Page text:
Short change(d)
© Tim Möller-Kaya

Short change(d)

  • TEXT HELGE TIMMERBERG
  • ILLUSTRATION TIM MÖLLER-KAYA

 In Germany for a few days recently, I was looking forward to German food accompanied by a nice glass of beer. It ended up being two beers as well as dessert. I have a big appetite, what can I say? But when I came to pay, I realized it was one of those odd evenings when I have either left my hotel with no cash or have already “invested” it elsewhere. And the few bits of change lurking at the bottom of my trouser pocket weren’t quite enough – 50 cents short, in fact. Would you call that microbilking – or just plain embarrassing?

Both, probably. The friendly waitress deserved a generous tip instead of having to make up the difference herself. And, oh yes, – God only knows why – I didn’t have any credit cards on me, either. I had taken my small knapsack along, though, so, I thought hopefully, there was bound to be some loose change rattling around inside. The knapsack has three outside pockets. Reaching into the first one, I brought forth a handful of coins and relief flooded through me; in the dim light of the bar, some of them even looked like euros. But in the glow of my cigarette lighter they became Moroccan dirhams – not something anyone in the bar wanted. I found lots of change in the second outside pocket, too, but this time it was all Canadian cents – a sound currency, but in Regensburg mere ballast. The third pocket of my knapsack held only Swiss francs. Luckily for me, my predicament raised a smile from my friendly server, and in the end, the irony of my situation had me smiling, too: Here I was, in the middle of Germany and still, for all practical purposes, “Out of Germany.”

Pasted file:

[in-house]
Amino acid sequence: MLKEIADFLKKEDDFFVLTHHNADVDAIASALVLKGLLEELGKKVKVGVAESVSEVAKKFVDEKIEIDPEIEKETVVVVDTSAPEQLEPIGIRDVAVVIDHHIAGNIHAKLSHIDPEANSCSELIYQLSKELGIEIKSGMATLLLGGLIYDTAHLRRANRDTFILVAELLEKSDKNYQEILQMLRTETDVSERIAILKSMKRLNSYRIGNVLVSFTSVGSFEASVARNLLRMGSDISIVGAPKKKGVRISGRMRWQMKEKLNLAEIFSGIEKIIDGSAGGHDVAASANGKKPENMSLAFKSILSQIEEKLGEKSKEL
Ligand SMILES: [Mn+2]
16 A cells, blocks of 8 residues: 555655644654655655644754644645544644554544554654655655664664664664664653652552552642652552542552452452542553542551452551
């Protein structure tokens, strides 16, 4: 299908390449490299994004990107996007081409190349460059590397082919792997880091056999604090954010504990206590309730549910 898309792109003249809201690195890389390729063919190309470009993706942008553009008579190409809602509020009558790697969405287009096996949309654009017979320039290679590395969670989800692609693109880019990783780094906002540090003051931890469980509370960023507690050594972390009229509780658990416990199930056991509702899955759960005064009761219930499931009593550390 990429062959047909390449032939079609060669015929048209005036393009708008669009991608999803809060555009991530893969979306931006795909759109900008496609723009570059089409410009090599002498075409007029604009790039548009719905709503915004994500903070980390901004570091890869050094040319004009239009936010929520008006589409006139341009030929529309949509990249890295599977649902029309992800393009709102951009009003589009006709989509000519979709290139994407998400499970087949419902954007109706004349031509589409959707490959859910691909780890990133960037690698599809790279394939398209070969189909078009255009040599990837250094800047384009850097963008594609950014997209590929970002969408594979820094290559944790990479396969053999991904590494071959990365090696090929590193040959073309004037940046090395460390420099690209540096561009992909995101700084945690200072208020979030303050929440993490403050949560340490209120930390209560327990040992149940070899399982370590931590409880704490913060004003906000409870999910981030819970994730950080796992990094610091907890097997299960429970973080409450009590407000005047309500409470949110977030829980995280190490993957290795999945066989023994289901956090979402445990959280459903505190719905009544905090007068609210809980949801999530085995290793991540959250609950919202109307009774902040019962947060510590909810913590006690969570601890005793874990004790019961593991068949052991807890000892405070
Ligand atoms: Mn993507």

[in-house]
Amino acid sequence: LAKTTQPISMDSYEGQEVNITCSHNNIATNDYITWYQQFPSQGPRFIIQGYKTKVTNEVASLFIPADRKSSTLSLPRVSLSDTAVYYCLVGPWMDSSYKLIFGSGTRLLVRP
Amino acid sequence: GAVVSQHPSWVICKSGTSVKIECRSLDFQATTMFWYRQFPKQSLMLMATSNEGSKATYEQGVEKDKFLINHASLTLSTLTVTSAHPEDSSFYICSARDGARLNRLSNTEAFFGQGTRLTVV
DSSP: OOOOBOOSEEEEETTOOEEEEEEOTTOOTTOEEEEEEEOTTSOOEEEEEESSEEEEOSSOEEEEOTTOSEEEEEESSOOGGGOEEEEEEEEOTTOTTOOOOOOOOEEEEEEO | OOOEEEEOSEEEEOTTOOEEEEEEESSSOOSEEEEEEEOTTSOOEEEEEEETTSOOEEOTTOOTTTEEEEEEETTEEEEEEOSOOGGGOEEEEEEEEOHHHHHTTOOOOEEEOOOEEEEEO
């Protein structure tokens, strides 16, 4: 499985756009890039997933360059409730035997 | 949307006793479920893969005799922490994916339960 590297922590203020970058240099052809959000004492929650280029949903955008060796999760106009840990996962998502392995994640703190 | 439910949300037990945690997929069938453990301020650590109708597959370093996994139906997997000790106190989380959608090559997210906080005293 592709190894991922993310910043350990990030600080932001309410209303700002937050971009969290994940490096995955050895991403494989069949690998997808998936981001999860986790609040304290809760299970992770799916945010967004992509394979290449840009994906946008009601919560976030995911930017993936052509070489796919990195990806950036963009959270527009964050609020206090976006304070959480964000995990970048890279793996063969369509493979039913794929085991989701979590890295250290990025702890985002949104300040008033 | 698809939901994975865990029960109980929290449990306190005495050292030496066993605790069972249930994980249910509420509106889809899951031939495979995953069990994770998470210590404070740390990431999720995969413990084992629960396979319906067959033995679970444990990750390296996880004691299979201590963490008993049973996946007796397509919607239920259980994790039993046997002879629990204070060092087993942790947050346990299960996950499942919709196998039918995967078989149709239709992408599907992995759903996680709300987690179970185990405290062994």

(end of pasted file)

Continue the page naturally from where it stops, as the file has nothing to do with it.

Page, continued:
Our columnist, Helge Timmerberg, an irrepressible globetrotter since 1969, writes travel books and contributes monthly to our magazine.

helgetimmerberg.com